Bitcoin is finally showing some strength after a brutal correction to $16,200 earlier this week.
The leading cryptocurrency has bounced to $18,000 as of this article’s writing, around 11 percent above the local lows.
The coin is expected to see small gains ahead of the weekly close, though analysts are divided over what’s next for Bitcoin from a weekly perspective.
The Bitcoin bear case
The current bear case largely hinges on the fact that in previous bull markets, BTC regularly corrected by 30 percent, then moved to new all-time highs. Bitcoin dropping 30 percent from its recent highs would mean a drop to the $14,000 region. BTC hasn’t reached that price point yet as we well know.
“Bitcoin Jack,” a pseudonymous cryptocurrency trader that predicted the move to $18,000 many weeks ago, recently shared this chart. IT shows that BTC may be on the verge of breaking below a key technical cone/wedge pattern. He previously said that he is looking to open short positions on Bitcoin.
Jack also called Bitcoin’s move to $10,000 when the coin bottomed in March.
This was echoed by another historically accurate trader who argued that Bitcoin could return to $15,000 before moving higher again.
Ki Young Ju, chief executive of CryptoQuant, also noted that there is on-chain data suggesting the market will face a correction or at least some consolidation. Referencing how there is likely going to be decreased Bitcoin buying pressure due to a lack of stablecoin deposits, he said:
“$BTC would go sideways or bearish in the short-run I think. 1/ The number of #stablecoin user deposits on all exchanges is decreasing. I think buying pressure is too weak to break $20k at this moment.”
$BTC would go sideways or bearish in the short-run I think.
1/ The number of #stablecoin user deposits on all exchanges is decreasing. I think buying pressure is too weak to break $20k at this moment.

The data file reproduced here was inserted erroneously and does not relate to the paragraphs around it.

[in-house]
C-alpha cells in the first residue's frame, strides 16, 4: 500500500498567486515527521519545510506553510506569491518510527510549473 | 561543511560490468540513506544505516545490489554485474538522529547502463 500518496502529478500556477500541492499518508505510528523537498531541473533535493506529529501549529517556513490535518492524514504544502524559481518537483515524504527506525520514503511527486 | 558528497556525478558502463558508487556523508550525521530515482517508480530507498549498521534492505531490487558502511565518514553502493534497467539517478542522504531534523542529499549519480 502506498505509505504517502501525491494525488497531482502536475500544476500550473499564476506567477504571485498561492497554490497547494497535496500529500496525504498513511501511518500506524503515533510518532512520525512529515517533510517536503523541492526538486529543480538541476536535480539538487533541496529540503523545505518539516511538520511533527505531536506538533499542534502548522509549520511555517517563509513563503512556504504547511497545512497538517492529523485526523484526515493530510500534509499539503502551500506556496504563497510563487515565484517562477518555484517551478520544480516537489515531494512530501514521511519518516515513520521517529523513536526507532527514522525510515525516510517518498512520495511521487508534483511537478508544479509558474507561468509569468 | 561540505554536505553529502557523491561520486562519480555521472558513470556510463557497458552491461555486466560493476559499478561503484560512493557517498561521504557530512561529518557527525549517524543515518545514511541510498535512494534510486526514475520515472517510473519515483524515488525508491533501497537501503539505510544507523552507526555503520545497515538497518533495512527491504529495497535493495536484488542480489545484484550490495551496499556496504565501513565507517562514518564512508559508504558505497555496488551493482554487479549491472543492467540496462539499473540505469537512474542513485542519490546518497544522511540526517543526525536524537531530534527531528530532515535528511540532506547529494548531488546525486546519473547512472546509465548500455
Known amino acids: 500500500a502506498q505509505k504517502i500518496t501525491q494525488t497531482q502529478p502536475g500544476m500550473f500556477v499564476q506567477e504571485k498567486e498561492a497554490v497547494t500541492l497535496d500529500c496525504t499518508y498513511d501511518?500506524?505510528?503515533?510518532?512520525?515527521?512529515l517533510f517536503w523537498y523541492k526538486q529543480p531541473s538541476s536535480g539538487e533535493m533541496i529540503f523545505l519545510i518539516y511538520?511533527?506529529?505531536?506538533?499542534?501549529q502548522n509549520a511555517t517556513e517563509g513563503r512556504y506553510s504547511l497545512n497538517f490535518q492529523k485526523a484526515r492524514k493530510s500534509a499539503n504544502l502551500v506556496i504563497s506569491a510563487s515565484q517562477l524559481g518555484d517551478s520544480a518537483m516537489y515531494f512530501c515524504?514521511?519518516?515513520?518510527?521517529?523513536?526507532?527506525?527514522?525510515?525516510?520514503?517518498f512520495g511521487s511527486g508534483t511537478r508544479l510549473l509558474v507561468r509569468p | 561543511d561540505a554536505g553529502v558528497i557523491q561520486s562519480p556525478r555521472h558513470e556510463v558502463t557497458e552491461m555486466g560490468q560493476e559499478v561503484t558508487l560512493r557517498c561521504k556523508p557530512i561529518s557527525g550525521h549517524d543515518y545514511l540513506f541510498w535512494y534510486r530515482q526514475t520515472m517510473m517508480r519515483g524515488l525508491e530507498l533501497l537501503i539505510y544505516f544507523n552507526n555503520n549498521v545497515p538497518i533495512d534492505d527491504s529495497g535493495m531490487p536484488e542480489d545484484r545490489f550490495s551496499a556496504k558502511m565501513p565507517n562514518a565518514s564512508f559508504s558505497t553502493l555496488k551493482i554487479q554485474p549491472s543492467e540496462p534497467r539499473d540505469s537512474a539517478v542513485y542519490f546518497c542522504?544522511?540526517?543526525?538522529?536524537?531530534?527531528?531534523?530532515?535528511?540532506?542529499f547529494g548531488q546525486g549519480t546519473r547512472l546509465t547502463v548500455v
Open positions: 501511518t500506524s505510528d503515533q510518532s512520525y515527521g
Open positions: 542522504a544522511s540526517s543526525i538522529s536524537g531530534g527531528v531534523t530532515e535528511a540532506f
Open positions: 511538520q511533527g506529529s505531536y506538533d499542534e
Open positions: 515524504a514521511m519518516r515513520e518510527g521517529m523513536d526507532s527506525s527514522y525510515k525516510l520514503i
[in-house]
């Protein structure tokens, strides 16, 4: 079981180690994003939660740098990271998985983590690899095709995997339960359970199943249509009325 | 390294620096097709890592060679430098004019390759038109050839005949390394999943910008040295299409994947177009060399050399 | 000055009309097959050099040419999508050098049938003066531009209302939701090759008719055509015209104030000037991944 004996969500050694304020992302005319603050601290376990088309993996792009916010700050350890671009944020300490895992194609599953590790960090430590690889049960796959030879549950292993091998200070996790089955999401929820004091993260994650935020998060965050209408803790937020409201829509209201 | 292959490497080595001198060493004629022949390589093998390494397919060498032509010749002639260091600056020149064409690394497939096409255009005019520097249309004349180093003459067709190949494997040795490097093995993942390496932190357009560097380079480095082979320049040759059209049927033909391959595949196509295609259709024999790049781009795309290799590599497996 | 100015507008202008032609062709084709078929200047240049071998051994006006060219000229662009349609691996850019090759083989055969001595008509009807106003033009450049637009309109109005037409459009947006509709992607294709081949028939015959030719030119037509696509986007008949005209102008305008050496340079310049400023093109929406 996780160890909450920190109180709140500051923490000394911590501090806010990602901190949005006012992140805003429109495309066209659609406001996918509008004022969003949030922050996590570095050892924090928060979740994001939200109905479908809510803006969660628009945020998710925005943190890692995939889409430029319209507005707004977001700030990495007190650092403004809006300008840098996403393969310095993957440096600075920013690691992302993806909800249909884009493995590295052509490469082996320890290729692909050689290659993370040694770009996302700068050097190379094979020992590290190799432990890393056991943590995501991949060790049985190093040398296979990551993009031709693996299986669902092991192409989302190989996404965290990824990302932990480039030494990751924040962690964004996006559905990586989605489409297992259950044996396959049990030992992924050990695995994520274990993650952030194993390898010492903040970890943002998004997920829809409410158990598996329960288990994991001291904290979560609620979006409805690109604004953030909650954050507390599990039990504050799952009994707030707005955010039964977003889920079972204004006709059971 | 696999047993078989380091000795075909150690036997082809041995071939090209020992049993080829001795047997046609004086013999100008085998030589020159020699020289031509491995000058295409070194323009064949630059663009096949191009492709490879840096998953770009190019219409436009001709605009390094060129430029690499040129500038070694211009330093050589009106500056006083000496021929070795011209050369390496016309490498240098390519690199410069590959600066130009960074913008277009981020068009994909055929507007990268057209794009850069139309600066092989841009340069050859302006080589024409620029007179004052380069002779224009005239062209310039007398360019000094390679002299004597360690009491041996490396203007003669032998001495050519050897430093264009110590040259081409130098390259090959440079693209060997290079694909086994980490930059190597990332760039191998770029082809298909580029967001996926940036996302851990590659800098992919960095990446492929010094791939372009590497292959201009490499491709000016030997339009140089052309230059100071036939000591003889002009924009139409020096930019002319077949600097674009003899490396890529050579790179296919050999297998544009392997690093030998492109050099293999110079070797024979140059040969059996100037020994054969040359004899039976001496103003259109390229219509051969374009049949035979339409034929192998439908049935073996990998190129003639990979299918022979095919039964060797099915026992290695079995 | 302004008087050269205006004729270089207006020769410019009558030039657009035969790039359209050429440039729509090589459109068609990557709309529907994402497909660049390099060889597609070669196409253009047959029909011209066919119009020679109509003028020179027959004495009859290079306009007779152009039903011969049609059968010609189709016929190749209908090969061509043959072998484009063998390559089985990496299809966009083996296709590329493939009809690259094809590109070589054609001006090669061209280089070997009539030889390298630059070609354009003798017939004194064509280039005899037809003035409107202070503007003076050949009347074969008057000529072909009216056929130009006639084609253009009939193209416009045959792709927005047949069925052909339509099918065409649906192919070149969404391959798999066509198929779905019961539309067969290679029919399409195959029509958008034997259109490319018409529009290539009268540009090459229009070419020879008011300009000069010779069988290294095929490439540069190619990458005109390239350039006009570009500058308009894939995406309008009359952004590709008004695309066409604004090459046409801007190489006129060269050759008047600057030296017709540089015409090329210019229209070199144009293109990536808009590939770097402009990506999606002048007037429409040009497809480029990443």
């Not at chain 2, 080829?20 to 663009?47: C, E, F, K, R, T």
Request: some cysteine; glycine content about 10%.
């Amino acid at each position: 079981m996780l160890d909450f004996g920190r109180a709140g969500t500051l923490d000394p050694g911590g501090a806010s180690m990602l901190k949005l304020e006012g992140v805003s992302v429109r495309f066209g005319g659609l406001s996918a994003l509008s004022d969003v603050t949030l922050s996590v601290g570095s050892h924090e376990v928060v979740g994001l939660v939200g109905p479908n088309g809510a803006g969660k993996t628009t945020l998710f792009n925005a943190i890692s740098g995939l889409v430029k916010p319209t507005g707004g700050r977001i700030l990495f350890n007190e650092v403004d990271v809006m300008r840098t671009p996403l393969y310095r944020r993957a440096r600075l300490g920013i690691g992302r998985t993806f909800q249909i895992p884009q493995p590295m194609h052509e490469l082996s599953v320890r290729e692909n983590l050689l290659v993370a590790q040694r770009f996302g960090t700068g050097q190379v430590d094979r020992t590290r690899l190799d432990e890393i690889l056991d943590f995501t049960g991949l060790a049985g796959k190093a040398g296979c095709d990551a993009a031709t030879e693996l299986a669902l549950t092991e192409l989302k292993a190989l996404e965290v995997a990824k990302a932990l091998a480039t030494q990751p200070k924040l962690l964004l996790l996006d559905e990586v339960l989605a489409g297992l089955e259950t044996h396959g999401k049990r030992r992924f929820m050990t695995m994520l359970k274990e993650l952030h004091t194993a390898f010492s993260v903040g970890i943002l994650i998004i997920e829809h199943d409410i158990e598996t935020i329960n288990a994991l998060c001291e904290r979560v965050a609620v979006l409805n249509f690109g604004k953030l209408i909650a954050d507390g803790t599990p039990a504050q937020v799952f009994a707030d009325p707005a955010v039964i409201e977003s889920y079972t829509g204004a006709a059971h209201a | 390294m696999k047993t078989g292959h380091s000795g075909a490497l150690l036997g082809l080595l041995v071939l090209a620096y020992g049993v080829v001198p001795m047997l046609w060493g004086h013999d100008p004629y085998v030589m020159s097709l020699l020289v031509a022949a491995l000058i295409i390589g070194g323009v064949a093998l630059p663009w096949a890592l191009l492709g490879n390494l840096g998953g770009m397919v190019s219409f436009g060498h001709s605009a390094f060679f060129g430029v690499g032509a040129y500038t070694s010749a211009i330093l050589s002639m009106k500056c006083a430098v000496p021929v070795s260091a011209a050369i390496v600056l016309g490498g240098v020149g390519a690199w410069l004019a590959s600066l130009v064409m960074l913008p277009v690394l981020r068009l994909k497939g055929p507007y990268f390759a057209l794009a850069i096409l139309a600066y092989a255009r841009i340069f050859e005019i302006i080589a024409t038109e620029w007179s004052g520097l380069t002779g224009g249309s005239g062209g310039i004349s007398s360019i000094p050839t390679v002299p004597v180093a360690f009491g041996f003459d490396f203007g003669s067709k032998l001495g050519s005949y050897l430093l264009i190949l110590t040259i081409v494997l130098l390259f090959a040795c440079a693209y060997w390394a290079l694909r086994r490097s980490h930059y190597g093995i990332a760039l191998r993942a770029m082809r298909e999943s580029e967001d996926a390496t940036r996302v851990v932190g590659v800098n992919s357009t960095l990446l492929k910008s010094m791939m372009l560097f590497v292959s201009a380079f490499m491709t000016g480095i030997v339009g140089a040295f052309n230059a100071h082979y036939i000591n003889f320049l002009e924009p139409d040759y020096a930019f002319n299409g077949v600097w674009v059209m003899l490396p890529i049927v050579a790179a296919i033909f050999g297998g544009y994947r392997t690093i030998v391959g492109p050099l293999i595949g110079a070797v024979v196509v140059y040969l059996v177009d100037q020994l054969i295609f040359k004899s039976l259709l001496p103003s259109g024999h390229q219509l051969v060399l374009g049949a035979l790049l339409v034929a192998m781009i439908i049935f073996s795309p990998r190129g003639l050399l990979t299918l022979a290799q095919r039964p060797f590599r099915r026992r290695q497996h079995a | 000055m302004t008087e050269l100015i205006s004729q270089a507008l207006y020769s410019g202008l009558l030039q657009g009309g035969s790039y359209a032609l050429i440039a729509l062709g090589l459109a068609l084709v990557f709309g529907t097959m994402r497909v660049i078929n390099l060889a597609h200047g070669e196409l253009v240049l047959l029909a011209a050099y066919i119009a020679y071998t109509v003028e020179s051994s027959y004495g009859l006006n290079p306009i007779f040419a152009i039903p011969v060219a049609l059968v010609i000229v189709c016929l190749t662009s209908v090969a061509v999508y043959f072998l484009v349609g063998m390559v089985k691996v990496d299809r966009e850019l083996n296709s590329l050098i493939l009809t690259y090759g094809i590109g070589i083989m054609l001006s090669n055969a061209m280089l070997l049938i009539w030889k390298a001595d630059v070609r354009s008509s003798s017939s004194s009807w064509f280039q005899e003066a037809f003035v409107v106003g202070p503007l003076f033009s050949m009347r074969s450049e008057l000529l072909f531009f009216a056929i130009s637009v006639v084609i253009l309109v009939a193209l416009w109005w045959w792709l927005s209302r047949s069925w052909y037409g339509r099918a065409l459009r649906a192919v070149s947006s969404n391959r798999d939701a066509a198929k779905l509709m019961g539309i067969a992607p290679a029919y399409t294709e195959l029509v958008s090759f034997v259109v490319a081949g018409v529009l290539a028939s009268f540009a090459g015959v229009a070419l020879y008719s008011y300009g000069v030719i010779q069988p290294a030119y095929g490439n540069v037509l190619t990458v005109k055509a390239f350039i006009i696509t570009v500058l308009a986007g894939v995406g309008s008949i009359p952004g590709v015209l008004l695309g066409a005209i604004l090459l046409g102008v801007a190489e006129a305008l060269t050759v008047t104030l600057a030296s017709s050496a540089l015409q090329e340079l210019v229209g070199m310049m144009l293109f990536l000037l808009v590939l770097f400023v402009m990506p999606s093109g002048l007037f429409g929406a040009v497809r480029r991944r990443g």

— Ki Young Ju 주기영 (@ki_young_ju) November 29, 2020
There are some bulls, though. The bull case seemingly hinges on two things: 1) consistent institutional buying pressure, and 2) the fact that the funding rates of Bitcoin futures markets have reset after the crash.
Long-term uptrend intact
What’s important is that even the short-term bears are long-term bulls. That’s to say, many expect a correction to only be a small part of a bigger bull market.
As reported by CryptoSlate previously, on-chain trends show that there is a large amount of institutional accumulation of Bitcoin taking place. Lucas Nuzzi, an analyst at Coin Metrics, said on the matter:
“Multiple outlets have reported that Chinese miners haven’t been able to sell their BTC in Nov. because of a regulatory crackdown. As I’ve covered previously, there is no on-chain evidence of that. In fact, the opposite seems to be taking place: BTC held by Miners is down in Nov.”
The overall sentiment seems to be bullish as the U.S. dollar continues to fall against foreign currencies.
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